Jessica Hope | The Innovator 25 EMEA 2020

Jessica Hope

Founder & MD


“Having access to business leaders makes for far more engaging and innovative PR campaigns and, of course, it helps when it comes to securing budget."

Jessica Hope launched Wimbart in London in 2014, as an independent PR agency specialising in Africa and emerging markets, with a focus on the continent’s technology sector and start-ups. Her innovative vision for the firm, which works with some of the continent’s most exciting and well-funded brands and companies, predominantly in Nigeria, South Africa, Kenya and Ghana, was for it to serve as a safe space for Black PR executives in the overwhelmingly white UK industry. Before setting up Wimbart, A self-proclaimed history nerd and former journalist Hope worked as a press officer at the Natural History Museum and then as head of press for the Jewish Museum in London. She got her first taste of the Africa tech space as global head of communications for media and entertainment technology company Iroko. Hope is also a mentor for BME PR Pros and Google Launchpad Africa.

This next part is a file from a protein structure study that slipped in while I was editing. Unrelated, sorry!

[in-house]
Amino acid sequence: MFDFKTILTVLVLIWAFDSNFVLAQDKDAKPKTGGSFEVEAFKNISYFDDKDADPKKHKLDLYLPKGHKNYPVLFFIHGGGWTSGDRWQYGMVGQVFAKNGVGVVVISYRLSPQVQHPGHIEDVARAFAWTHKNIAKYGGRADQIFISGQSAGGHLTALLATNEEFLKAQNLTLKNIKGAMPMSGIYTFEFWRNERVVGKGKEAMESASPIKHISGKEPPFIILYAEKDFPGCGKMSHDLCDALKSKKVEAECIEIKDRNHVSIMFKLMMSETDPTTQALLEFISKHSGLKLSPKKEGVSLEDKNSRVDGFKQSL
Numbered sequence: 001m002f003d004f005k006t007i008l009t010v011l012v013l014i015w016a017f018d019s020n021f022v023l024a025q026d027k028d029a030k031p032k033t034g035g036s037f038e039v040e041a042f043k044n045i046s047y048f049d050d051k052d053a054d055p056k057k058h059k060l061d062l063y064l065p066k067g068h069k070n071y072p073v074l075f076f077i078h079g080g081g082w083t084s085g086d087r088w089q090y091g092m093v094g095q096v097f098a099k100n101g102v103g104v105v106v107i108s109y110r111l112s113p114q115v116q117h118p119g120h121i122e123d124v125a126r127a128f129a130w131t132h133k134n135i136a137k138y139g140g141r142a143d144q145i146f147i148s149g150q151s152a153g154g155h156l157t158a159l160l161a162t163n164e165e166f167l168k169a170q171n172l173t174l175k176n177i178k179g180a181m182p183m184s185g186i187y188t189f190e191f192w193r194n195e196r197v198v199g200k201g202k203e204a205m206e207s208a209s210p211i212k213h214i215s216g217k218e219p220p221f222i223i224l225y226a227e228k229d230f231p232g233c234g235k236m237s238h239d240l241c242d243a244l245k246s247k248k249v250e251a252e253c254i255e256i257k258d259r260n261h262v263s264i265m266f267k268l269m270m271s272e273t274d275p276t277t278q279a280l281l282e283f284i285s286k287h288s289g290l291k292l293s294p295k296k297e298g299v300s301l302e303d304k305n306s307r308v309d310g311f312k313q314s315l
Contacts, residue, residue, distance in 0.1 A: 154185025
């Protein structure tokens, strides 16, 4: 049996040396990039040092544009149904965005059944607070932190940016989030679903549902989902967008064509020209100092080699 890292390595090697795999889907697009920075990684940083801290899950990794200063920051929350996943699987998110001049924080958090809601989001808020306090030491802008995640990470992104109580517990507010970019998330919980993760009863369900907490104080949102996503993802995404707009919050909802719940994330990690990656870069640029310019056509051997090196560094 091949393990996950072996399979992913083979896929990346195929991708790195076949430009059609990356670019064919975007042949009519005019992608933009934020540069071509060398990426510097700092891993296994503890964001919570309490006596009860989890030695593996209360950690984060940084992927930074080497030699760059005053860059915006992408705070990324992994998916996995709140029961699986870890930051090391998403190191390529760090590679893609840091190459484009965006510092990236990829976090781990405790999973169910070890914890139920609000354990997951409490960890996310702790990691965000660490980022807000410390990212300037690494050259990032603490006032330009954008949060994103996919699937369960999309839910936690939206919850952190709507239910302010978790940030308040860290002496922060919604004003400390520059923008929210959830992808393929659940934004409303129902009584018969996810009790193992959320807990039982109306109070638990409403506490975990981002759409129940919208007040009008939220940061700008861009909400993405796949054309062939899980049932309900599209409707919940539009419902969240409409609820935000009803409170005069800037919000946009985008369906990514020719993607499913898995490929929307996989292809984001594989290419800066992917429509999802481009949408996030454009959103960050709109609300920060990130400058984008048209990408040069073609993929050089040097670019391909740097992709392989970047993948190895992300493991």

Where is the most urgent need for innovation within the PR/communications industry? 
The industry needs to be more innovative around PR recruitment – making the hiring and retention of candidates from diverse backgrounds a corporate priority, not just as a cynical exercise in virtue signalling. A more diverse workforce will lead to better work and output from agencies. 

How would you describe the communications/PR industry's level of innovation compared to other marketing disciplines?